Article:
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UNHCR reaches out to help displaced people outside Dili

News Stories, 15 June 2006

© UNHCR/Ariane Rummery
A woman sits outside her makeshift shelter at Metinaro camp east of the Timor-Leste capital, Dili. UNHCR, which has begun helping some of the estimated 78,000 people dislaced outside Dili, delivered 200 tents to Metinaro.

METINARO, Timor-Leste, June 15 (UNHCR) UNHCR has stepped up its emergency relief operation in troubled Timor-Leste and started reaching out to people who fled the capital to escape violence sparked in late April.

The refugee agency has delivered 200 tents to families camping in makeshift shelters of palms, leaves and tarpaulins near a Timorese army base at Metinaro about 40 minutes drive east of Dili through the lush green countryside of Timor-Leste. About half have been pitched by the residents in three separate areas.

UNHCR's delivery of emergency aid to regional areas begins as official estimates indicate that there are more displaced people outside the capital 78,000 than those at camps inside Dili. Some 69,000 people are displaced in the capital.

A volunteer organiser at Metinaro camp said she had registered 356 families and was on Thursday preparing for the most vulnerable to move into the special lightweight shelters. The woman, who gave her name as Theresa, fled Dili when violence spread to her neighbourhood about three weeks ago.

"These people are originally from the east but they have lived in Dili for 10 years or more," Theresa explained. "They are from Baucau, Vikeke and Los Palos. But they don't have a house anymore in these places and so they have fled Dili to here." She added that they would return to Dili "when the situation is normal."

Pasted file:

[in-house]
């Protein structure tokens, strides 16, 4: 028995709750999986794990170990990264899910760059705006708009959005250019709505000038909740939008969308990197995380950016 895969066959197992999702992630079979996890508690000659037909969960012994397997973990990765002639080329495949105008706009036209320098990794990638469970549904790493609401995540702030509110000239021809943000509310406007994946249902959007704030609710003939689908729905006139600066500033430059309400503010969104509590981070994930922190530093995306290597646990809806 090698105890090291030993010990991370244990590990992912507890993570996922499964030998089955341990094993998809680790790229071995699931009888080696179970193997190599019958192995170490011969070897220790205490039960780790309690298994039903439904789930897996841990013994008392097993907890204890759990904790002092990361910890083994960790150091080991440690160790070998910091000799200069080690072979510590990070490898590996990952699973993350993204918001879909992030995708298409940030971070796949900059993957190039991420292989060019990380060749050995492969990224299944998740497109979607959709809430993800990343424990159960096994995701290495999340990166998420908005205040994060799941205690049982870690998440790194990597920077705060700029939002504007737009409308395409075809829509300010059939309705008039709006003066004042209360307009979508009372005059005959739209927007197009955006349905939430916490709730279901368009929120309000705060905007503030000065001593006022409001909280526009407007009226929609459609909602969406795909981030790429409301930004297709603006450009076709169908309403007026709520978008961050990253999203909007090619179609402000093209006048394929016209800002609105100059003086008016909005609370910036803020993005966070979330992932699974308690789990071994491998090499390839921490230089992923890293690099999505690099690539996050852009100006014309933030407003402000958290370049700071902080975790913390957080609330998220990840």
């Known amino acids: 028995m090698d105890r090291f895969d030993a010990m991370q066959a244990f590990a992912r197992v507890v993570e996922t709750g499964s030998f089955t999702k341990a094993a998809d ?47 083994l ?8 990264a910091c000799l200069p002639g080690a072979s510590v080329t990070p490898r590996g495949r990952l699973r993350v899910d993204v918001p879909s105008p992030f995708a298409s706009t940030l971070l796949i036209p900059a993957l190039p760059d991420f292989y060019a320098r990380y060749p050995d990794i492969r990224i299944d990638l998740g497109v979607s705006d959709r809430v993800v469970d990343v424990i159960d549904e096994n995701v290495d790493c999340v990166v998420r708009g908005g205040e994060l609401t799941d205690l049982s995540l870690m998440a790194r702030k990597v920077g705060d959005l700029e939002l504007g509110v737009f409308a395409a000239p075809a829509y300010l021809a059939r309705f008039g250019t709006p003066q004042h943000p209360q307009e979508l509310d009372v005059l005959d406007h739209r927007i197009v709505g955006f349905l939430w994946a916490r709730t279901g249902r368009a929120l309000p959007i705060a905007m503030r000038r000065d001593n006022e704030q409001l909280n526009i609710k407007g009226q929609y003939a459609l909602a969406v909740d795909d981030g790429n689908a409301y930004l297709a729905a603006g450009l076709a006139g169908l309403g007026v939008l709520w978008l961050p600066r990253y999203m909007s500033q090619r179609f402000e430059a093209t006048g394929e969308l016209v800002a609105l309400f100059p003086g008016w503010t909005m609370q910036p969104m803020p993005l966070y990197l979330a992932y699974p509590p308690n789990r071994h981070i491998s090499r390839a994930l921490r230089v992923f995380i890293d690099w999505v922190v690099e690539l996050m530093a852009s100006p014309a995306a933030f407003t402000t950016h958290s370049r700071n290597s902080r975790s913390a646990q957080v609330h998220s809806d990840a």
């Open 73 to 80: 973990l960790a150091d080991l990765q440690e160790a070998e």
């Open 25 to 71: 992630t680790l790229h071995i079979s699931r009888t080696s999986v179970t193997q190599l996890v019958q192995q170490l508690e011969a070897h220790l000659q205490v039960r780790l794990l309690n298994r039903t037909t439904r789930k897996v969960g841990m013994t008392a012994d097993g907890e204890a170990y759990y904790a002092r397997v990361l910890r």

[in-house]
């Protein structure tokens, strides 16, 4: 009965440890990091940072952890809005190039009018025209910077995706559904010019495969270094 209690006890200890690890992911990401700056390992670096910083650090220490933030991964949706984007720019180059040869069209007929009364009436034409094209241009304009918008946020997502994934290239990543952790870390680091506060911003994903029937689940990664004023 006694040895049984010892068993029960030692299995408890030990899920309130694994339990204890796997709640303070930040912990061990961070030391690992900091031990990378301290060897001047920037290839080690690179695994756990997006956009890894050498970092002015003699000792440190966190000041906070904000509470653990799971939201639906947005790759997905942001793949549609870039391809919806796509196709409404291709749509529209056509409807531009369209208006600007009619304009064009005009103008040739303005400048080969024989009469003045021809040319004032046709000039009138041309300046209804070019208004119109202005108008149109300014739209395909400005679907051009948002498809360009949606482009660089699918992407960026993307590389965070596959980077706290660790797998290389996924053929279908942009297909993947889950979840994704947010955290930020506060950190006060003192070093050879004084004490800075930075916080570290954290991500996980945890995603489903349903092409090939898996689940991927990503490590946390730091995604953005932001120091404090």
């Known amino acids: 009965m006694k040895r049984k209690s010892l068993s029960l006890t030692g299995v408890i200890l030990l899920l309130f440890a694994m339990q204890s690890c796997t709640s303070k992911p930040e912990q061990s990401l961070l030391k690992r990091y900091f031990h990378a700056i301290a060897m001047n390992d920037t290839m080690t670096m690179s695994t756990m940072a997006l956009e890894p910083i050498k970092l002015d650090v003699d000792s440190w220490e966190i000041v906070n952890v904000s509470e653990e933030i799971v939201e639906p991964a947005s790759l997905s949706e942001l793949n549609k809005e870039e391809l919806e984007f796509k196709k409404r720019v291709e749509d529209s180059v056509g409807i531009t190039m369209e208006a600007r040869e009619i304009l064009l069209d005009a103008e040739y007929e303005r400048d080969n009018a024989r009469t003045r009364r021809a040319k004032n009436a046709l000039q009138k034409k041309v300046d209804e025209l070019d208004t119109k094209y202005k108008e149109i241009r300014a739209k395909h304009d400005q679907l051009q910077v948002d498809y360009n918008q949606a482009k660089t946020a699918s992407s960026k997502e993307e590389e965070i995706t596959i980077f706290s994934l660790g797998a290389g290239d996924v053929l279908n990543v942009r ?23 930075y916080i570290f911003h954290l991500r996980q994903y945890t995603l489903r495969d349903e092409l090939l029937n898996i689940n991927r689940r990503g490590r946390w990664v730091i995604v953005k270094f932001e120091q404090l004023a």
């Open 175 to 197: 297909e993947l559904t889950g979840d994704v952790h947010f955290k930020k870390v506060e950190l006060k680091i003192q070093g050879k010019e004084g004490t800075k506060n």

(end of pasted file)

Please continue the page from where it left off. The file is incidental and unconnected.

Most people fleeing looting and arson attacks are moving to places where they feel some connection, or where they feel safe. The Metinaro group left Dili when their houses were targeted by people originally from the west of the country. Unable to travel to their villages of origin in the east, they set up camp near an army base manned by soldiers from the east. The unrest was partly sparked by tension between rival armed groups from the east and west.

"We came here because it is near to the army base," said Santiago Ximenes, who arrived about one month ago and is helping to put up tents. "People stay because the army is here," he added.

Before receiving the UNHCR tents, the group at Metinaro had received some food assistance and mosquito netting. But there is still an urgent need for more food and more latrines.

As well as providing tents and non-food items like blankets, UNHCR is liaising with agencies that specialise in water and sanitation so that they can provide latrines at the camp.

The delivery of tents to Metinaro followed a rapid needs assessment launched last week by UNHCR staff in a number of districts outside the capital. Further distribution of tents, blankets, plastic sheeting and kitchen sets to other districts is expected to begin in the coming days.

By Ariane Rummery in Metinaro, Timor-Leste




UNHCR country pages

Emergency in Timor-Leste pt.5: The Emergency Operation Reaches Out